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I'd be very interested in hearing how you guys steam dents out of stocks. I've been using a wet cloth over the dent and a hot iron.

 

I do a lot of steaming without much results.

 

Does anyone have a better method?

 

Thanks

 

Paul

Salome, AZ

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I've had pretty good results by using a tea kettle with a 8" radiator hose attached to the spout. You just have to be careful with how you hold the stock to avoid a steam burn. Part of the results will depend on how bad a gouge you're trying to fix.

 

I think the hot iron/rag method is good for small dings.

 

Whatever technique you use, the key is to let it dry thoroughly (AT LEAST 24 hours, 48-72 would be better) before a light sanding.

 

Good luck!

Steve

I remember:

Chris Ingrassia (9/11) CPT Tristan Aitken (OIF, 2003)

MAJ Paul Syverson (OIF, 2004) CPT Tom Miller (OIF, 2005)

SSG Scottie Bright (OIF, 2005) CPT Chris Petty (OIF, 2006)

MAJ Hurley Shields (OIF, 2008)

___________________________________________________________________________________________________________


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I use the wet towel and hot iron approach and have had very good results. The iron has to be hot enought to create steam - that what lifts the dent.

Mark V

 

 

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"If they're not shooting at you, you're not trying hard enough. Now move out and draw fire!"

 

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Depends on the dent. A smashed area actually seems to lift fairly well, while in my experience a true 'dent' that is just compressed wood is a tough nut to crack. I got fairly good results with a steam iron and a cloth:

 

dent1.jpg

dent2.jpg

dent3.jpg

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I don't want to state the obvious, but the wood should be stripped of any laquer or varnish finish before trying to lift a dent with steam - the moisture has to be able to penetrate the wood. No intent to offend anyone but just want to make sure that we don't overlook a key step.

Mark V

 

 

382957612.jpg

 

"If they're not shooting at you, you're not trying hard enough. Now move out and draw fire!"

 

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Another option, if its a rough stock, is a soak (or two) in the tub. About a year ago I had a Inland carbine stock that was beat up and varnished! After I stripped it down, a couple soaks in the tub took out most everything (short of the actual breaks in wood fiber, which included the IO and P marks). Just make sure you clean the tub after, lest the missus be all :evilgrin:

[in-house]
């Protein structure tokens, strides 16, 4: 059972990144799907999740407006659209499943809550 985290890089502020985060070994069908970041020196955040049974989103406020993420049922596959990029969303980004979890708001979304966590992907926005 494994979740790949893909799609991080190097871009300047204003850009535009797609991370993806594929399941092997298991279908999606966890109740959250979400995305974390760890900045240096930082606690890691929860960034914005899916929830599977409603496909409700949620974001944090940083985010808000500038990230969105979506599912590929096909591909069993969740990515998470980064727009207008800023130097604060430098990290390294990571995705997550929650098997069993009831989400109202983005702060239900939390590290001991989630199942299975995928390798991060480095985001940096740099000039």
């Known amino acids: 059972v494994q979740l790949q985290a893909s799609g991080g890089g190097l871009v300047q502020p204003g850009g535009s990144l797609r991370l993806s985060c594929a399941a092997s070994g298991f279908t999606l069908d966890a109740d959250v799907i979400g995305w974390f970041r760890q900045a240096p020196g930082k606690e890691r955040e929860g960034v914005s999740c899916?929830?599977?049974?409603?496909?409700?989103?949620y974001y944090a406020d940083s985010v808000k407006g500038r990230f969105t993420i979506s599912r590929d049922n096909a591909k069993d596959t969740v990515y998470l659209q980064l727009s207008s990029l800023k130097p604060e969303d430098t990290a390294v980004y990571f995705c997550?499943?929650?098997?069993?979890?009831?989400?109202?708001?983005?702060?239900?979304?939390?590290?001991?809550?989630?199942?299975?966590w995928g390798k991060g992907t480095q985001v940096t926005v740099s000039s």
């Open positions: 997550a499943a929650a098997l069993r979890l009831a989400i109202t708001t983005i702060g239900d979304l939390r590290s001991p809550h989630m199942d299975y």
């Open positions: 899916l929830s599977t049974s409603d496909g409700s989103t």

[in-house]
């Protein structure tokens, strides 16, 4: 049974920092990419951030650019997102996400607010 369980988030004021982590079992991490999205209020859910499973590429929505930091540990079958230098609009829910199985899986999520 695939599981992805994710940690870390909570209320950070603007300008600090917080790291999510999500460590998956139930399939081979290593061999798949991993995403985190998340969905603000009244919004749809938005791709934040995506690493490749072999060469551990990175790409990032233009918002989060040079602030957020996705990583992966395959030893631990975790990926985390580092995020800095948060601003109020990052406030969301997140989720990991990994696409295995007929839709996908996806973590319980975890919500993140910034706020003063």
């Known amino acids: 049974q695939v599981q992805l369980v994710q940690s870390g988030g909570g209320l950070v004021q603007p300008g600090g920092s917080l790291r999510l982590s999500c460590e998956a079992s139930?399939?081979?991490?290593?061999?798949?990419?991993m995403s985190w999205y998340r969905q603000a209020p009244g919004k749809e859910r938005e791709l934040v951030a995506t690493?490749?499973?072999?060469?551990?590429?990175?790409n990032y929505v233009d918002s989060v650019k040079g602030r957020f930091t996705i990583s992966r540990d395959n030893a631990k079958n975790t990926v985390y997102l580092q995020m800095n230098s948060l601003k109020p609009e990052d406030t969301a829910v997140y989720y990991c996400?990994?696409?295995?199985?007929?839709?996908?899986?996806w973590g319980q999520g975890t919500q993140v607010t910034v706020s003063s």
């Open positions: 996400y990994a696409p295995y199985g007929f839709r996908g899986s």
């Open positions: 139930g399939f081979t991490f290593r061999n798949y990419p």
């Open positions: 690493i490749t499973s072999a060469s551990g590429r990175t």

I suppose this could be considered the extreme of dent steaming, but it worked very well on my rough stock...

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I don't want to state the obvious, but the wood should be stripped of any laquer or varnish finish before trying to lift a dent with steam - the moisture has to be able to penetrate the wood. No intent to offend anyone but just want to make sure that we don't overlook a key step.

 

Give that man a "ceegar" :thumbsup: . Actually, many don't realize the very important point you make and it's precisely because you have to remove an original finish to achieve the most effective dent/ding removal that I would never suggest doing it. IMHO you should leave the stock as it is, dents, dings, initials - if they are period they are all part of the rifle's provenance.

 

Then again, I'm a bit of a purist collector so consider the source.

 

Tim

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If it needs a re-finish, then the steaming isn't an issue. The key here is "needs", and that's not black and white. The stock in my photos for instance would not respond to cleaning- mild, moderate, or aggressive, and the color was 'arsenal red'...on the inside. It was black and dark chocolate on the outside, with that stuff not coming off until I was removing whatever original red finish there was

 

if the stock was USGI and had original cartouches, I would have went a different route. As it was USGI, ugly, ouchy, and only had scant rebuild cartouches. I rolled up my sleeves, protected the cartouches and went to town. And I left a lot of gouges and dings, and the dent removal was still 4 or 5 hours

 

The steam also can lighten the wood considerably. I had great results, YMMV

 

Here's my Dad's M1 carbine stock. I wiped it with denatured alcohol and odorless mineral spirits, let it dry in the sun for a few hours, and applied a single coat of BLO, bam, done. Total time 3 hours, so this is a good example of how acceptable results can be attained with little time invested- it's the same color as my M1 rifle stock that I spent oh...80 or so hours on :lol:

 

m1carbinestock.jpg

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